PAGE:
Letter Re: Bug Out Boats

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Good Morning Hugh,

I’ll begin a reply, but I don’t really know where it will ultimately lead.

GS’s comments this morning (1/26/16) ought to be enough to take the wind out of anyone’s sails regarding bug-it boats! Although he makes some valid points, the overall tone is so negative he’ll put folks off the idea. But if you’re not already into boating/sailboating that may be for the best. It is a learned skill set.

Some random thoughts:

  1. You don’t have to cross an ocean to ‘escape. There are many places much closer that would probably suffice. As mentioned previously, I would probably head for coastal British Columbia and the Inside Passage (to Alaska). There is a LOT of really remote territory up there, relatively friendly ‘folk for the most part, fresh water, game/fish aplenty. Resupply would be challenging but doable. Hunkering down in some isolated cove will be cold, but it might even include establishing comfortable base camps ashore.
  2. True, a boat isn’t your best fighting platform. That said, if you’re in a remote area what is the actual probability of having to fight-off the hordes? As mentioned previously, the idea of having two or three boats for mutual support could be a life saver. With a few like-minded companion boats and carefully chosen sites, defensive tactics would be much more effective, plus supplies and spare parts could be coordinated. Teamwork, teamwork, teamwork….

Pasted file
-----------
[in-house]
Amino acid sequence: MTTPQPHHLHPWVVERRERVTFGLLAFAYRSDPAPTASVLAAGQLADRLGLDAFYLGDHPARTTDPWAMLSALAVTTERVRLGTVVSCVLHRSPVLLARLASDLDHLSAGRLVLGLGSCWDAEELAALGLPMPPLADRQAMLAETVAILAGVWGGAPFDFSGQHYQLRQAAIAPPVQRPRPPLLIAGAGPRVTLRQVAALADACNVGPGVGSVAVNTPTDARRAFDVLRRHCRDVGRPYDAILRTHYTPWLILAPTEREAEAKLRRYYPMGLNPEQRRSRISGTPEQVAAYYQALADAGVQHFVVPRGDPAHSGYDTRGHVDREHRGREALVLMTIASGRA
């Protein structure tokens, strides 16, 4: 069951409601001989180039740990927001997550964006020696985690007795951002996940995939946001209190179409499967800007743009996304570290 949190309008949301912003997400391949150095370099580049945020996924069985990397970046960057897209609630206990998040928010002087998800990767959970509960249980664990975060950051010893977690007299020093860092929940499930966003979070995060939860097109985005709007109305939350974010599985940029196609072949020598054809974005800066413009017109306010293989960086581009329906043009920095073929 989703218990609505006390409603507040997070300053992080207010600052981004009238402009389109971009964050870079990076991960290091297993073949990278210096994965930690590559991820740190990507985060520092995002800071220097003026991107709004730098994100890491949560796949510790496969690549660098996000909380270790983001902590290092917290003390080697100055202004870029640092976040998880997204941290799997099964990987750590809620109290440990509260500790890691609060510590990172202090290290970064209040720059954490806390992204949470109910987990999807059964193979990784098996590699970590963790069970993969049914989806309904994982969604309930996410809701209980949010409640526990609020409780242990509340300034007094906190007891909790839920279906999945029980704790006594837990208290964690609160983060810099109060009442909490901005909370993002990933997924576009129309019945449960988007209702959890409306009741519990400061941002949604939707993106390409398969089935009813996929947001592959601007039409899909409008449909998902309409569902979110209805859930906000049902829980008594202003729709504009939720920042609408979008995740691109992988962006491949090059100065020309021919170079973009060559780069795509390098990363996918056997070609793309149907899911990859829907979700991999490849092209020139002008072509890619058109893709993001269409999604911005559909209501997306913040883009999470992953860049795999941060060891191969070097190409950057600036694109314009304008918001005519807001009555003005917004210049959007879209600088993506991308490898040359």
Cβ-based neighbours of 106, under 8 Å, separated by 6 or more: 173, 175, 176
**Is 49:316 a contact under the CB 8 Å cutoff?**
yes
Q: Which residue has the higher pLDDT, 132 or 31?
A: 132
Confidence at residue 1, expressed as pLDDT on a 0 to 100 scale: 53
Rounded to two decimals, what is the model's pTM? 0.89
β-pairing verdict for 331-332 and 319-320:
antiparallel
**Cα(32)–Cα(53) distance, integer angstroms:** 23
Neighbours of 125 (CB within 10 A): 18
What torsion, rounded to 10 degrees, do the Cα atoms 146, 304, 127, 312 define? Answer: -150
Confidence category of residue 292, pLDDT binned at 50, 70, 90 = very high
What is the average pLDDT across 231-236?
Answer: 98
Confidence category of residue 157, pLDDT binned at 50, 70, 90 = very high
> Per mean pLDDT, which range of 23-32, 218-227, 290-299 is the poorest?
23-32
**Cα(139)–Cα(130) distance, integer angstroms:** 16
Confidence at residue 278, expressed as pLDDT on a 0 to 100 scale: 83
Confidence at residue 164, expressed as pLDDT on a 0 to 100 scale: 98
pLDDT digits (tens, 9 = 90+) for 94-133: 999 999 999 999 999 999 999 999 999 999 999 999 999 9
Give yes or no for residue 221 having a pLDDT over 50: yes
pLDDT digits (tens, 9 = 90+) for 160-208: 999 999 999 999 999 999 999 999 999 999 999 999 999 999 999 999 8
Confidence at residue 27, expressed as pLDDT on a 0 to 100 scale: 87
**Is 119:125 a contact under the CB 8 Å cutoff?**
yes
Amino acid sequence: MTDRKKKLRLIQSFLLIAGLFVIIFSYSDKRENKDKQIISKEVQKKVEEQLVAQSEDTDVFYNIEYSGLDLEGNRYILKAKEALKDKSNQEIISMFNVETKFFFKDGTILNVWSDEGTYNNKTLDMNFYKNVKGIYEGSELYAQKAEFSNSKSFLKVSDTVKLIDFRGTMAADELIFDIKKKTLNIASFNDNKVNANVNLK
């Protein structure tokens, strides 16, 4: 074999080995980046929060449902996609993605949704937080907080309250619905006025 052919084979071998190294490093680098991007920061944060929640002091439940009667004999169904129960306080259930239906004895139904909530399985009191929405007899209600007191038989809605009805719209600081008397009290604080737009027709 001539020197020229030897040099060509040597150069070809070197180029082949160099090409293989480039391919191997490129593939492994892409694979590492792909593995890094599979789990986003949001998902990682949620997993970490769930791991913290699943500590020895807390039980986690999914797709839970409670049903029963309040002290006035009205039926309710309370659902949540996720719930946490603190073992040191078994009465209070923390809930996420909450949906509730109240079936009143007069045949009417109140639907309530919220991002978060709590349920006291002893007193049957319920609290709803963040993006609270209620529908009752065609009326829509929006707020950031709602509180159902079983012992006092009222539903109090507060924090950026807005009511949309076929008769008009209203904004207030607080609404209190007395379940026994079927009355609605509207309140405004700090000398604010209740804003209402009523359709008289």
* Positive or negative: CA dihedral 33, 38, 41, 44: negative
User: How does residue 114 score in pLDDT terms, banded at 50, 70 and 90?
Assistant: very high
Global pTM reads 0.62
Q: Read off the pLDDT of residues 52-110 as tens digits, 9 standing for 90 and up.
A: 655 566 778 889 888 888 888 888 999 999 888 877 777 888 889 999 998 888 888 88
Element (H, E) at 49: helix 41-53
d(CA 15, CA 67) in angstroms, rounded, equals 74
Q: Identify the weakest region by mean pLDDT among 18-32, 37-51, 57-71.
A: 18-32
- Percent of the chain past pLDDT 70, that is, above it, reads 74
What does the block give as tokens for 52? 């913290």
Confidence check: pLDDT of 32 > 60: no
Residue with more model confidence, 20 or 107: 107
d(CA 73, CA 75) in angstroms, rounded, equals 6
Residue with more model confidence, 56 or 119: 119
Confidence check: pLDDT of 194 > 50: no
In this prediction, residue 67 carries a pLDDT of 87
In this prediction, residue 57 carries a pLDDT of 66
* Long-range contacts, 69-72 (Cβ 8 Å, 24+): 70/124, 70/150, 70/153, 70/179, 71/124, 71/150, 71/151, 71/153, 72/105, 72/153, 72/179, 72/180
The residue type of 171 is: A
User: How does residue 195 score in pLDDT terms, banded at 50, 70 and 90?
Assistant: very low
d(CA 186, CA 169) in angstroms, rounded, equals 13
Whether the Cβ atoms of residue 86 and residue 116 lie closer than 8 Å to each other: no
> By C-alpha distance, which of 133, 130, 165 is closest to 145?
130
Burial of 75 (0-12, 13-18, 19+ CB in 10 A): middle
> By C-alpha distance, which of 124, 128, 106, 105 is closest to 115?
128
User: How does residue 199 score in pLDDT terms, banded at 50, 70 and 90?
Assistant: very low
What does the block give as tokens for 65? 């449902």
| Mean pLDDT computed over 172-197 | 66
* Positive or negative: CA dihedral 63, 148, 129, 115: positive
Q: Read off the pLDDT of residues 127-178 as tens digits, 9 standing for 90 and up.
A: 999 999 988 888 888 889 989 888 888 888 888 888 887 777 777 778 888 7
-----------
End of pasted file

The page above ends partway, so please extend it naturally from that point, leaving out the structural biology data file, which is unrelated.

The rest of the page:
3. Study the folks who lived in BC/SEAK centuries ago. Choose your bugout locale very carefully. The native/First Nation people remained along the water for a reason; they found that surviving (even thriving) was quite possible. They often had a summer camp AND a winter camp; learn why they did that.
  4. Spend the summer(s) preparing for the winter(s). There is a lot of work necessary to prepare for long winters; plan your strategy. Learn to catch/cure resources for the winter. It’ll keep you busy and be good for the soul. The good news is the summer days are long; you can even have a spectacular garden (if you have the right preps).
  5. Back to choosing a boat…. Find one you’re comfortable with that’s not too big and not too small, just right! Relatively small can be GOOD; it’s easier to maintain, heat, and anchor. Frankly, I wouldn’t want a fifty-footer (even if I could afford it!). They’re too ungainly, and it shout’s: “here’s money and good stuff”. Remember: simpler can be better, and less is often more. My choice would be a pilot house sailboat in the 28-32′ realm, with overly large tankage (mostly for fuel) and a good (non-inflatable) dinghy or kayak.

There are countless other items that could be mentioned, these are just some items off the top of my head. It’s interesting and makes me daydream of times gone by. – C.C.

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